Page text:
I'm very intrigued by this format. It's a total change of pace from the usual game and it will suit some in my playgroup to cooperate against an 'AI.' One of the things I'm missing though, is a reason to attack. Your own combat will be rather nonexcistant, since the zombies have no lifetotal, not a lot of blockers and thus, a huge chunk of strategy is missing. One solution I could think of is have the zombies as an extra hazzard in a regular game or something.

    • Tyler says

      Marius,

      "For each point of damage done to the Horde, the Horde mills one card off the top of their deck."

      So attacking is incentive by milling the Zombie Horde's deck, which is actually pretty flavorful in that it depletes the Hordes affectiveness in continuing attacks. :)

    • Sean K says

      There would be reasons to attack of your attacking does something, such as Dimir Cutpurse. Also, since damaging the horde mills cards, that would be a good way to win.

    • Sean K says

      There would be reasons to attack of your attacking does something, such as Dimir Cutpurse. Also, since damaging the horde mills cards, that would be a good way to win.

  2. Tyler says

    Good job Pete! I look forward to the future of this. I've been tossing around different roles for the Survivor decks… Weapon/role typing like a Shotgun (think board wipes?), Sniper (burn/pingers?), and even housing your own beast with a deck that ramps into a fatty. I think that cooperative roles would be fun, because I doubt any one of those decks would be able to beat the Horde on its own.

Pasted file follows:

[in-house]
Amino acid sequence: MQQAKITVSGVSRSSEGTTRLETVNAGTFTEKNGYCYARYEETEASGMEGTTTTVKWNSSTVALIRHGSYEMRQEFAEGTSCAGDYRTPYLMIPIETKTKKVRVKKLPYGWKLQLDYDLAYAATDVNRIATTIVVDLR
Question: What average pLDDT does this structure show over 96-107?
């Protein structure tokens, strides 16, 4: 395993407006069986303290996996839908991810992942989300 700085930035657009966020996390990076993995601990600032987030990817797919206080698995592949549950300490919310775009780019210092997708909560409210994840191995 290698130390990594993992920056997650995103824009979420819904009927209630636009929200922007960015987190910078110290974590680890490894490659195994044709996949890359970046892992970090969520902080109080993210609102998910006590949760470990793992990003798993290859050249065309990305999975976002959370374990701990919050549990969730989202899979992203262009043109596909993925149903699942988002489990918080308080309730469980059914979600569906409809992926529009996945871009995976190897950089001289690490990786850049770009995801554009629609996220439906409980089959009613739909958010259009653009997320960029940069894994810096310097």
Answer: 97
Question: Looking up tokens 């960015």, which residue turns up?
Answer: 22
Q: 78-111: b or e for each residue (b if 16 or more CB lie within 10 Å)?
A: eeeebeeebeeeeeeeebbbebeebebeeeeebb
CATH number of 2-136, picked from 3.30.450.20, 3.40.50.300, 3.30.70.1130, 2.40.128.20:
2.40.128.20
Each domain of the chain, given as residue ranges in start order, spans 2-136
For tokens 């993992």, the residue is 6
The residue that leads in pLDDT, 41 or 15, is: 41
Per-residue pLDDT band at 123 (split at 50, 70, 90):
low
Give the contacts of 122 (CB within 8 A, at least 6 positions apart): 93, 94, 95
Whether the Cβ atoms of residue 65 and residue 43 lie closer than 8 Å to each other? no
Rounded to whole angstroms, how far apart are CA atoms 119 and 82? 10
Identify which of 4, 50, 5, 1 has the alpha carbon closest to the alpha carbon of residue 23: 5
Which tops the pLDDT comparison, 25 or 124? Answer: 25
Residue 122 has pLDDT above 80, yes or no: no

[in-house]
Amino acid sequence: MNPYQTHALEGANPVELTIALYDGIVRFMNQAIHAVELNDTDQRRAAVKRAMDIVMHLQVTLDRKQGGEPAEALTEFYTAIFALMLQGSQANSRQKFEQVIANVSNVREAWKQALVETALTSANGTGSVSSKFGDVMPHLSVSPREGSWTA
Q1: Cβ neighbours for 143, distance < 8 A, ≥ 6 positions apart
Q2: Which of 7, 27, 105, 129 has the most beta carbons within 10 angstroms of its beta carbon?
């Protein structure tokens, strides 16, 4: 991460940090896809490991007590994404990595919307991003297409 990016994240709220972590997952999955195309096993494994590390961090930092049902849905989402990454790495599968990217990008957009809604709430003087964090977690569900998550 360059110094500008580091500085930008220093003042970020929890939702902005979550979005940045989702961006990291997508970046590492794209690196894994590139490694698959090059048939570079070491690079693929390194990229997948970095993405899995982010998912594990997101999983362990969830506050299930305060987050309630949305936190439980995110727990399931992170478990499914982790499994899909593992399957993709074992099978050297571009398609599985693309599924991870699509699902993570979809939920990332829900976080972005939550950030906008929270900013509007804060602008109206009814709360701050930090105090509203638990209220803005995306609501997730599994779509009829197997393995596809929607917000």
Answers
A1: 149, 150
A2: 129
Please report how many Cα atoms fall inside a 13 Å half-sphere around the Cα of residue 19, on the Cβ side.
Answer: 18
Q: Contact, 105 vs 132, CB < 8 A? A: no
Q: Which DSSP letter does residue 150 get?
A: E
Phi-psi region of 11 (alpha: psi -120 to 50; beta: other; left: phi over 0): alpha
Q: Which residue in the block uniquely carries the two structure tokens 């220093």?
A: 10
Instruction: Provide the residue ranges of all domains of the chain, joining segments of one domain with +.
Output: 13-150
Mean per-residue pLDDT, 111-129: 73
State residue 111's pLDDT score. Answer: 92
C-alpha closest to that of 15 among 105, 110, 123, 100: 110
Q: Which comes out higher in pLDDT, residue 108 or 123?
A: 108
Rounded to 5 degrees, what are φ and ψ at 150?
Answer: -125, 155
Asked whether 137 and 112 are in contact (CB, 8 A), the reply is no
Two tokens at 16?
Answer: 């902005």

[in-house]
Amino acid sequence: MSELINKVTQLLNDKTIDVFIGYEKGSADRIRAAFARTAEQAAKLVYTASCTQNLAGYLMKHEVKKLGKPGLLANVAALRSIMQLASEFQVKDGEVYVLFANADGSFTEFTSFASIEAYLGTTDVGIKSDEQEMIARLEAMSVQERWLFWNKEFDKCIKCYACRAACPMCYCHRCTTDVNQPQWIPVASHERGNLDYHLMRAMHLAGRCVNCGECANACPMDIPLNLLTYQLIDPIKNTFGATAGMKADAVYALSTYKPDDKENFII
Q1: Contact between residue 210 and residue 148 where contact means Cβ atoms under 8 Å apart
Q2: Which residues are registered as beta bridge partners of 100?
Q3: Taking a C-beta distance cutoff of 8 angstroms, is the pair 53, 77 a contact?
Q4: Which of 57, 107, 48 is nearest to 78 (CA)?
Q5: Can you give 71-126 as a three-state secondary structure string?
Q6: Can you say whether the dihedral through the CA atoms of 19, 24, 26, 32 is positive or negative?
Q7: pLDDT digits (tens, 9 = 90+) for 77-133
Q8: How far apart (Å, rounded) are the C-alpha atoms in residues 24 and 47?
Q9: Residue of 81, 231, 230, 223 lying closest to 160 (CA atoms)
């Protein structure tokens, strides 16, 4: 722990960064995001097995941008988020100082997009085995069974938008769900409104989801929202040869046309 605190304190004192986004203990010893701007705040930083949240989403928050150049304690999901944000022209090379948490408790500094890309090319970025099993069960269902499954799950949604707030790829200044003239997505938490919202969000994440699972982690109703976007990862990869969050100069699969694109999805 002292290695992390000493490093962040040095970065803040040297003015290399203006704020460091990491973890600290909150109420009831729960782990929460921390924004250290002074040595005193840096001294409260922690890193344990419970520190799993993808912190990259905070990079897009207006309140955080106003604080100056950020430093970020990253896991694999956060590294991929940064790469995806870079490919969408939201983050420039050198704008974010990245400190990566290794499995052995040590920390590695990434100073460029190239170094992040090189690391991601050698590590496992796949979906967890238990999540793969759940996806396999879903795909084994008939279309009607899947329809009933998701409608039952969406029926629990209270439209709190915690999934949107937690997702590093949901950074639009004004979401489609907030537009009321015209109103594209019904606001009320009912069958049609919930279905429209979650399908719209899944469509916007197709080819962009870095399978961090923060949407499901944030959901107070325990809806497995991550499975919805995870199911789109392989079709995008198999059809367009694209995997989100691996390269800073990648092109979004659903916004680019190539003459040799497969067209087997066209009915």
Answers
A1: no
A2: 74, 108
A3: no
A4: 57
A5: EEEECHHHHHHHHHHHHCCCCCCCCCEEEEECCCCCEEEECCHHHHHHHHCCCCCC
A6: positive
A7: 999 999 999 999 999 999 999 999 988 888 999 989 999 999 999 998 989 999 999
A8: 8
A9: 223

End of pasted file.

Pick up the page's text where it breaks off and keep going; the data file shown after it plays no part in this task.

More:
Keep up the good work!

  3. yatesc says

    This looks awesome.

    Because my friends will immediately try these things:
    * How does the Horde deal with Moat, Ensnaring Bridge, etc.? Caltrops and a Barbed Foliage? Seems like those cards would be auto-wins.
    * Drain Power for infinite mana seems like it could do some neat stuff. :)

    • says

      Yeah – it sucks that there are some cards that ruin the game. Moat, Ensnaring Bridge. Platinum Empiron (For the most part). There could be some awesome fix to these cards, but basically my answer is just to ban those cards. There are banned list for Commander, so it's not unheard of.

  4. says

    As much of a blast as this seems to be, Elesh Norn is the freaking Zombie Slayer extreme. Kills all but 7 cards out of the deck without assistance. I know there's ways to kill her in the deck, but jeez that seems to make the fight easier. :

  5. Jules Robins says

    This looks fantastic! I can’t wait to try it out, and I like how playing with Commander decks makes the fact that the Zombies have only two toughness less of an issue.

  6. Frothy_Ham says

    To anyone who brings up that “card X” kills the deck, just don’t play with those cards. This is about as casual as it gets, you aren’t even facing off against another person, so any “gaming” of the format should be left at the door. Build the “survivor” decks in a way that actually challenges you as a player. If it doesn’t sound fun to you, no problem, it ain’t your thing.